The Court of Appeal, in dismissing the appeal, held that a Section 8 notice is a “notice to terminate a tenancy” under section 7 of the Housing (Wales) Act 2014, and that a Section 8 notice served by a landlord who is unlicensed in Wales is invalid.

Landlords in Wales will be disappointed by the decision as, without a licence, they may not be able to repossess their properties even if there are grounds for possession under the Housing Act 1988

R (Fisher) v Durham County Council [2020] EWHC 1277 (Admin)

High Court, 21 May 2020

The High Court has rejected a judicial challenge brought by a woman who made involuntary sounds against the decision of a local authority to issue her with a noise abatement notice under the Environmental Protection Act 1990.

The Claimant (Ms Fisher) lived in a privately rented, mid-terraced house. She had a neurological disorder that caused her to make involuntary sounds and to shout and scream loudly, which disturbed her neighbours. Durham County Council tried unsuccessfully to deal with the problem and eventually served a statutory nuisance (noise) abatement notice under the Environmental Protection Act 1990, requiring Ms Fisher to cease making the noises. Ms Fisher applied for a judicial review to quash the notice, claiming that the notice was unlawfully discriminatory under the Equality Act 2010 as she could not control her vocalisations.

The High Court, in dismissing the application, held that Durham County Council’s decision to serve the noise abatement notice did not amount to unfavourable treatment by reason of disability and was a proportionate means of achieving the legitimate aim of abating a statutory nuisance.

This case provides some clarity to local authorities, but also highlights the difficulties they face in trying to balance the health condition of a local resident and the distress it inadvertently causes other residents in neighbouring properties. This is the first reported decision to deal with how the statutory nuisance regime found in the Environmental Protection Act 1990 and the Equality Act 2010 interact.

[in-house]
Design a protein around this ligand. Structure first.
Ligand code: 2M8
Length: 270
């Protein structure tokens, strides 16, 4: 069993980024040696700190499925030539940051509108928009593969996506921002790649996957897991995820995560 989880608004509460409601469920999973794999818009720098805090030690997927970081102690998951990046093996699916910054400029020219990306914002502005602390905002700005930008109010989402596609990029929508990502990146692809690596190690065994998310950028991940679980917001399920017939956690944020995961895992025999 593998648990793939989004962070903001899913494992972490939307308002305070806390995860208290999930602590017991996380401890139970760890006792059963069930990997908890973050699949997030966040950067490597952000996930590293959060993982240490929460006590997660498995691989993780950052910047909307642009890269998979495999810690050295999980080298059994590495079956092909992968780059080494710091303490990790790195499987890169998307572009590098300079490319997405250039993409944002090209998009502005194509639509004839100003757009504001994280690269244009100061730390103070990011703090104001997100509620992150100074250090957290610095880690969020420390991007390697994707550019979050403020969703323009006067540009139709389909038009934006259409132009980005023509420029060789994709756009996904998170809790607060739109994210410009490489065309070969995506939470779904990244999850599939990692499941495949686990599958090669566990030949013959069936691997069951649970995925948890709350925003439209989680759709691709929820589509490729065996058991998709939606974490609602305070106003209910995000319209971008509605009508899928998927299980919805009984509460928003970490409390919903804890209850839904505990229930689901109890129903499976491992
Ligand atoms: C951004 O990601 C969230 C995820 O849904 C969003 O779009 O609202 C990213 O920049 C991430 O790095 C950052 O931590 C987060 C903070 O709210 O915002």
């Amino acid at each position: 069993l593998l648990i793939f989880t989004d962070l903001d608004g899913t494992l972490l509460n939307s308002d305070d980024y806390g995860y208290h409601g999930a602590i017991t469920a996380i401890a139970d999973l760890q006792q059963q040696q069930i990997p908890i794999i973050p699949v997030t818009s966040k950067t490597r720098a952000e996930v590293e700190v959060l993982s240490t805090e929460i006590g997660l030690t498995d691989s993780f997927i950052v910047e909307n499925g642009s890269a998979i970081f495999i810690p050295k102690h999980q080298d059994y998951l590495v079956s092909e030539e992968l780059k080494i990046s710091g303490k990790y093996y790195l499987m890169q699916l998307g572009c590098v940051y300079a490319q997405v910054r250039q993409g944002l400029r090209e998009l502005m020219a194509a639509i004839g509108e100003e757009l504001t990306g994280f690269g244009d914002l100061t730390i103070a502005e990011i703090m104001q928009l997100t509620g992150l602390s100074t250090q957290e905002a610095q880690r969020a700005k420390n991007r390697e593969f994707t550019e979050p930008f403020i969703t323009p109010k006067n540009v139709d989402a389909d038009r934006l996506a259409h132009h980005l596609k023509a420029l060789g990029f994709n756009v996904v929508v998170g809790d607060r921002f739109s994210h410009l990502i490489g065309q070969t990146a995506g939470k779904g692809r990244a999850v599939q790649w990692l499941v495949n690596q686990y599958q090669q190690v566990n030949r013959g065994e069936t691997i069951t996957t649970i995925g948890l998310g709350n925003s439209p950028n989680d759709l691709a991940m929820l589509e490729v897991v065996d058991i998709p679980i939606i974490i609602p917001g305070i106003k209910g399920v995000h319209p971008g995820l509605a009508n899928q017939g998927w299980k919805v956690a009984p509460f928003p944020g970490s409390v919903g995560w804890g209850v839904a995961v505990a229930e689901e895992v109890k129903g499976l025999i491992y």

Karimi v Southwark LBC

County Court (Central London), 26 April 2020

The County Court has held that a housing applicant can bring only one appeal against a local authority’s decision on housing provision.

The Claimant (Mr Karimi) applied to Southwark London Borough Council for homelessness assistance under the Housing Act 1996. However, the Council deemed that he was not in priority need, and Mr Karimi subsequently sought a review of the decision.

After agreeing an extension of time, it was agreed that the review would be completed by 6 August 2019. However, Mr Karimi was not notified of the decision until 8 August 2019. Mr Karimi lodged an appeal against the original decision and the review decision, arguing that the review decision was voided because it was made out of time. The appeal against the original decision was struck out.

The County Court, in dismissing the appeal, held that the fact that the review decision was out of time did not void it. Legislation did not contain any timescale within which a review must be made. The Court also held that making two appeals was not permissible.

The decision will be welcomed by local authorities. It shows that, at least in the County Court, if the review decision is late, the housing applicant must decide whether to appeal the original decision or the review decision – both decisions cannot be appealed.

A copy of the judgment is not available.

Paul Lloyd is a partner, Sarah Christy is an associate and Catherine Craven is a solicitor at Capsticks. Paul can be contacted on 01257 448 141 or This email address is being protected from spambots. You need JavaScript enabled to view it., Sarah can be reached on 01962 678363 or This email address is being protected from spambots. You need JavaScript enabled to view it. and Catherine can be contacted on 01962 678340 or This email address is being protected from spambots. You need JavaScript enabled to view it..